Sussex Police are reminding residents, especially the elderly and anyone living alone, not to be taken in by a current wave of crime in which phone callers posing as police officers or bank staff ask for bank and card details.
There has been a recent rise in this crime across the country. The fraudsters call the intended victim claiming to be from either the Police or a Bank.
They tell them that their card details have been fraudulently used and that they need to act urgently to protect themselves.
They suggest that they hang up and ring the bank or police back to ensure that the call is genuine.
Don’t be fooled - they stay on the line and pretend to be the police or the bank. They then tell the intended victim to key in or read out their PIN number.
They will then send a taxi or courier, who may know nothing about the crime, to collect the bank card. With this and the PIN they will then have full access to spend your money.
Some recent variations in the methods include:
- asking the victim to assist in a police investigation. The victim is requested to withdraw a large sum of cash and take it home, where it is then collected by a courier;
- telling the victim that there is a corrupt member of staff within the bank and asking for help in identifying them. The victim is told to withdraw a large sum of money which will be ‘marked’, with the purpose of it being placed back into the banking system. A taxi driver is sent round to collect the cash.
- introducing themselves as police officers and saying that they have detained two men who were trying to buy a Rolex watch and had in their possession various cloned credit/debit cards, some in the name of the intended victim. They say they need to confirm bank details for investigation purposes.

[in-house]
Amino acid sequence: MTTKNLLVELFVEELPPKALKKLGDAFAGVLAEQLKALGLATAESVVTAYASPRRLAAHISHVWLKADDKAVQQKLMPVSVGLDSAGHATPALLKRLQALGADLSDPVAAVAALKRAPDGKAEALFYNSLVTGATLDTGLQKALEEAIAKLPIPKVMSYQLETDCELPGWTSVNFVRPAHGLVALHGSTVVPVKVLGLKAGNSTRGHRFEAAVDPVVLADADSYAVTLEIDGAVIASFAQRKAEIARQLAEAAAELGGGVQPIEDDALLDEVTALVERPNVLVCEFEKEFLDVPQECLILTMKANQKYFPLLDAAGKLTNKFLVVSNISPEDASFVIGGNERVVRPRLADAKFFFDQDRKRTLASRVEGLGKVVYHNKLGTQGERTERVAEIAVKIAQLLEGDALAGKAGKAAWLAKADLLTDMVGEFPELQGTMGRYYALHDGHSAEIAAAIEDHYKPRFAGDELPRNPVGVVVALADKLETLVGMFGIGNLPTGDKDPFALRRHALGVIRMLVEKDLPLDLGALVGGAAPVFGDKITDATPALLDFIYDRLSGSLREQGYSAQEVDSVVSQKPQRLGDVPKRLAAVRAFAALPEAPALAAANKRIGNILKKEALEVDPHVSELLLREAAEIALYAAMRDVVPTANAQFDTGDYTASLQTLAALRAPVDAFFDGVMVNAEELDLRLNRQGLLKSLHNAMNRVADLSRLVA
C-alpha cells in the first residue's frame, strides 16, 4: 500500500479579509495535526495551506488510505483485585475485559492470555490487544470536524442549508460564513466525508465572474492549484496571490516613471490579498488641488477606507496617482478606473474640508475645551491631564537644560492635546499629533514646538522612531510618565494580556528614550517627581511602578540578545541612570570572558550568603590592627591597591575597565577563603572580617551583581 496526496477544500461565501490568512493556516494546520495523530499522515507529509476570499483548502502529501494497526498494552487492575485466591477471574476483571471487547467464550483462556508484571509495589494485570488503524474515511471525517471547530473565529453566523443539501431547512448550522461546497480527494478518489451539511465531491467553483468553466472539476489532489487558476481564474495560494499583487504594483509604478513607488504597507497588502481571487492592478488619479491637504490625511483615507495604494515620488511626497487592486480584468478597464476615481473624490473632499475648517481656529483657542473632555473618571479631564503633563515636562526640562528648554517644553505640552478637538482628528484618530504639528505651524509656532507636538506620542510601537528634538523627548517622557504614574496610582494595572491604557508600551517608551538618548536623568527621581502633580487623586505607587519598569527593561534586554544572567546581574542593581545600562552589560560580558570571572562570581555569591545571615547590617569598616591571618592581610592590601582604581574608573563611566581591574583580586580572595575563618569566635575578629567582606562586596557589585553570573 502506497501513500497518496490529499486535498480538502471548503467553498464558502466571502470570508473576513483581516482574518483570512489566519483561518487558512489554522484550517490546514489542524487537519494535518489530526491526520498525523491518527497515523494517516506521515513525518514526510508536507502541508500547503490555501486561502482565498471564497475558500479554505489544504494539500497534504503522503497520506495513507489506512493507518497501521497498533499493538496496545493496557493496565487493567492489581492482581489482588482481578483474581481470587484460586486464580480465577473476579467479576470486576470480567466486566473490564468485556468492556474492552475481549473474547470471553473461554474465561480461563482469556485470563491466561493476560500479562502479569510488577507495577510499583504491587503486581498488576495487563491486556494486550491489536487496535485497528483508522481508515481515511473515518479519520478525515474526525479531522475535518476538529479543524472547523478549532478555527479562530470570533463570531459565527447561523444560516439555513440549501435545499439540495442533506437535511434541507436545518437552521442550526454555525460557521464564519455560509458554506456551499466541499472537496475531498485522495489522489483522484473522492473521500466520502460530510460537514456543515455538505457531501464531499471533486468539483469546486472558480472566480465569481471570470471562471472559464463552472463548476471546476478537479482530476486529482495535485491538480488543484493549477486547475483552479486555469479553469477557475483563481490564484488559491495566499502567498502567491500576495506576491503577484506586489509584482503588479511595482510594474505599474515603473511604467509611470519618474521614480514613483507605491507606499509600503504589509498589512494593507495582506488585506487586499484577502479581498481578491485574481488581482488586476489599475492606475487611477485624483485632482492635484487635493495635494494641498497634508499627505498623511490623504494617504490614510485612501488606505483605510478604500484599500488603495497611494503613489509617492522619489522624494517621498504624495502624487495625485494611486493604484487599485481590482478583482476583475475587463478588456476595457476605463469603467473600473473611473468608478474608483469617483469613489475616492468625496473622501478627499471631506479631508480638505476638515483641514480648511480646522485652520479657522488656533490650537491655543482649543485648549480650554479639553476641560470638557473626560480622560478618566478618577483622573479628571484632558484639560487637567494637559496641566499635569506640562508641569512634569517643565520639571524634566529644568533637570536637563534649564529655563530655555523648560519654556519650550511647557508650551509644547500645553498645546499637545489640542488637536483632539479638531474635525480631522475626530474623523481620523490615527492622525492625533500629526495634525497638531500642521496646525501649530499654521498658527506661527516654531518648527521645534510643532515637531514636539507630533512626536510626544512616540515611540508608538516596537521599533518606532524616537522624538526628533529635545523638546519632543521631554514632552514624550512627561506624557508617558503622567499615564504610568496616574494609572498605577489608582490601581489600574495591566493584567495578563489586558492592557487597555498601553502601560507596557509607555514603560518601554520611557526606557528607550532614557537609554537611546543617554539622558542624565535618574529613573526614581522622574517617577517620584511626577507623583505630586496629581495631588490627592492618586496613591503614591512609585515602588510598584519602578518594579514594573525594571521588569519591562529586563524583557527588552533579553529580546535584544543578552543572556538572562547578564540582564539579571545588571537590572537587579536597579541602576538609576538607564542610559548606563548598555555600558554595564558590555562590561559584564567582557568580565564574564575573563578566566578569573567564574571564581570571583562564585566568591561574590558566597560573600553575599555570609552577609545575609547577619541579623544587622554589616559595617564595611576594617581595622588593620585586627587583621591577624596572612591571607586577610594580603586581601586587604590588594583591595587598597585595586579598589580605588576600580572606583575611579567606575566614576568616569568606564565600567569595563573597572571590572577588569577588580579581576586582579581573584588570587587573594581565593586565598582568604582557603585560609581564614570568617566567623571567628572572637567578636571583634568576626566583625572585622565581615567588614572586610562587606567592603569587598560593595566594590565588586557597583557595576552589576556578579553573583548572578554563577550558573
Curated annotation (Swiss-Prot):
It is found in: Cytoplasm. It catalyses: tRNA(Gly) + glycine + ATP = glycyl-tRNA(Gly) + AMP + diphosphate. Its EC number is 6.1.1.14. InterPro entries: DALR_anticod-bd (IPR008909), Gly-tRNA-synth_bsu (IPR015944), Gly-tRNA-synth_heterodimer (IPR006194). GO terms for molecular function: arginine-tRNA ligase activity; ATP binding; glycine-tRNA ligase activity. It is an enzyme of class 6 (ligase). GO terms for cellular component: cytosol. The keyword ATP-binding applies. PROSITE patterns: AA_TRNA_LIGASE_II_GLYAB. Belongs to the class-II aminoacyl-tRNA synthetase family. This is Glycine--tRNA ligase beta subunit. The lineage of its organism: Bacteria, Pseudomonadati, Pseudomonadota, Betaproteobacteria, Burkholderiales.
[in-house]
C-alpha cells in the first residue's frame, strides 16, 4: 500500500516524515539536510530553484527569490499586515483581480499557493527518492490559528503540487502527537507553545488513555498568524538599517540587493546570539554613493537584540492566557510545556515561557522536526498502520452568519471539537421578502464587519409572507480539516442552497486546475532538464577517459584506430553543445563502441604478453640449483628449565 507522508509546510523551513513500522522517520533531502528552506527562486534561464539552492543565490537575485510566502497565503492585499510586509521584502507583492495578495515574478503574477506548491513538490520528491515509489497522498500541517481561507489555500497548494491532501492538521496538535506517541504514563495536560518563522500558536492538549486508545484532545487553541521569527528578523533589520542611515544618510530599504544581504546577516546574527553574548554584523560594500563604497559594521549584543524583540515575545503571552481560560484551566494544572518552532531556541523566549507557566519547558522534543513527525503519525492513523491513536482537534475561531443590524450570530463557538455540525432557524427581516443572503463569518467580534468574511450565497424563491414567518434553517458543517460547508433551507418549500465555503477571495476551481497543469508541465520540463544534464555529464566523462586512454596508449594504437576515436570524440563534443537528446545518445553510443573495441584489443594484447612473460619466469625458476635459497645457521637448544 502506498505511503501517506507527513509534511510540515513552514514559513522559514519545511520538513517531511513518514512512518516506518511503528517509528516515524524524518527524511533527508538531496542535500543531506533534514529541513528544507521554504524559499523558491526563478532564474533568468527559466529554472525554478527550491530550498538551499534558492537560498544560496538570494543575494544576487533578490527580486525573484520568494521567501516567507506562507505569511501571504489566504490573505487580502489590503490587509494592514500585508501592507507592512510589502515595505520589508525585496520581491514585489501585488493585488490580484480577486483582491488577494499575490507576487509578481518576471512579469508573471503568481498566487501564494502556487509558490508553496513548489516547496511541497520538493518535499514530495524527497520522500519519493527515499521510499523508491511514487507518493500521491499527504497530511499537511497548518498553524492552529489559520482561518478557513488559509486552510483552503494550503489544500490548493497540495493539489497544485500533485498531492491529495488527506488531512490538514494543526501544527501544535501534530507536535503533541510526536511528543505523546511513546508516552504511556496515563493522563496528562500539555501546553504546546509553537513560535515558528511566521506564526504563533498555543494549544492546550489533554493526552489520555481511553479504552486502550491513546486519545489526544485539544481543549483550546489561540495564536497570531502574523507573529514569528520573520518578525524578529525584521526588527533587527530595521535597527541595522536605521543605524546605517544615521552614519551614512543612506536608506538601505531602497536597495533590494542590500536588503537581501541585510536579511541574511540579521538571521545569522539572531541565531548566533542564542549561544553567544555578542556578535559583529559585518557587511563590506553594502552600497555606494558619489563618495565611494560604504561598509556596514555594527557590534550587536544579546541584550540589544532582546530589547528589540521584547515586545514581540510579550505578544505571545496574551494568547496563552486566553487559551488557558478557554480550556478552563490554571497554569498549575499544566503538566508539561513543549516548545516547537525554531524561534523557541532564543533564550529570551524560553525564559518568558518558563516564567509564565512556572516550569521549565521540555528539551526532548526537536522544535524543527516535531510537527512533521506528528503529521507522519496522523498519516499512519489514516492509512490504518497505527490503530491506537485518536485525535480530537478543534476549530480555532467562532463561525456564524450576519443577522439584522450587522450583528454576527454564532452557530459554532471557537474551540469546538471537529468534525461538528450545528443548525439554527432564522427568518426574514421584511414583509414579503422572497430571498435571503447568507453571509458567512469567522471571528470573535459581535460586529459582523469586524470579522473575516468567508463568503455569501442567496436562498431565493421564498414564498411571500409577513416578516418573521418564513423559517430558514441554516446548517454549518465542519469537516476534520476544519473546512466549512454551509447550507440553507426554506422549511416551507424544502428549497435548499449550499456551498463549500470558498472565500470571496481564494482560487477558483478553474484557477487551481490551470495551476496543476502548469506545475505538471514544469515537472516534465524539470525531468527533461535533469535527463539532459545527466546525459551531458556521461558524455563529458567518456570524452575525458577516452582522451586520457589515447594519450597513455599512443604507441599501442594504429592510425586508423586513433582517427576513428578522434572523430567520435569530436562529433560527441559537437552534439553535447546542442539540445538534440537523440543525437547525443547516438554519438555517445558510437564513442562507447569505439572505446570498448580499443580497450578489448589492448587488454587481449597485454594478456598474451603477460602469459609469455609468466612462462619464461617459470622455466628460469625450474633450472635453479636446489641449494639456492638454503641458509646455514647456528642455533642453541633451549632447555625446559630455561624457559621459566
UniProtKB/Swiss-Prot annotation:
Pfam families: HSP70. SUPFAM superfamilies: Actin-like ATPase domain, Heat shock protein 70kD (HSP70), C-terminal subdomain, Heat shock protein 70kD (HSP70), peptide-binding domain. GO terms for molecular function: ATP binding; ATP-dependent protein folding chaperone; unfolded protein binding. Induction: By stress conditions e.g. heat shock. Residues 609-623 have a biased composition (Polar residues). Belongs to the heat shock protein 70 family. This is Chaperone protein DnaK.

Detective Inspector Mick Richards said: “Under no circumstances would the police or your bank request your PIN number over the telephone or arrange collection of your bank cards from your home address in this manner.
“Never give out your bank details to someone who has contacted you on your home phone unsolicited. If you have any suspicions please do not use the phone you have just been called on to contact the police or your bank.
“If you are asked to call back to confirm their identity, ensure you don’t do so for at least 20 seconds to ensure the phone line hasn’t been kept open, and if possible use another phone to contact the police to report it, or to contact a friend to relative to alert them.
“I urge anyone reading or hearing this message to pass it on to any friends and relatives who may not be aware of this particular type of targeted fraud, to prevent any vulnerable friends or family members from becoming victims.
“But it is really good to see that so many people are already heeding our advice, because although there have been some cases in which cash has been stolen, there have been many more incidents in which the would-be thieves achieved nothing.”
In Sussex there have 356 such incidents in the past nine months but in only 37 cases was money handed over, with a total loss of £215,201.10.
Due to the increased media coverage, arrests across the country and preventative measures, in Sussex there has been a fall in success rates and a rise in reporting.
For example, during April, there were 65 incidents recorded in Sussex with only five of those being successful. In May, there were 59 reports with only one resulting in a loss of money.
Investigations are still ongoing in partnership with colleagues across the South East, sharing intelligence and evidence.
Mick Richards added: “We want to encourage everyone to continue to resist these callers, so if you have any information, whether you have received similar calls or know someone who has been a victim of this crime, contact Sussex Police via 101 or email firstname.lastname@example.org Operation Edisto.
“You can also call the independent charity Crimestoppers anonymously on 0800 555 111, or Action Fraud on 0300 123 2040.”
For on-line advice on fraud prevention, go to http://www.sussex.police.uk/help-centre/ask-us/fraud,-scams-and-financial-issues/what-can-i-do-to-prevent-fraud
The ‘Little Book Of Big Scams’ also gives advice on how to prevent a wide variety of frauds - http://www.sussex.police.uk/media/480981/sussex_police_the_little_book_of_big_scams_online_22.03.13.pdf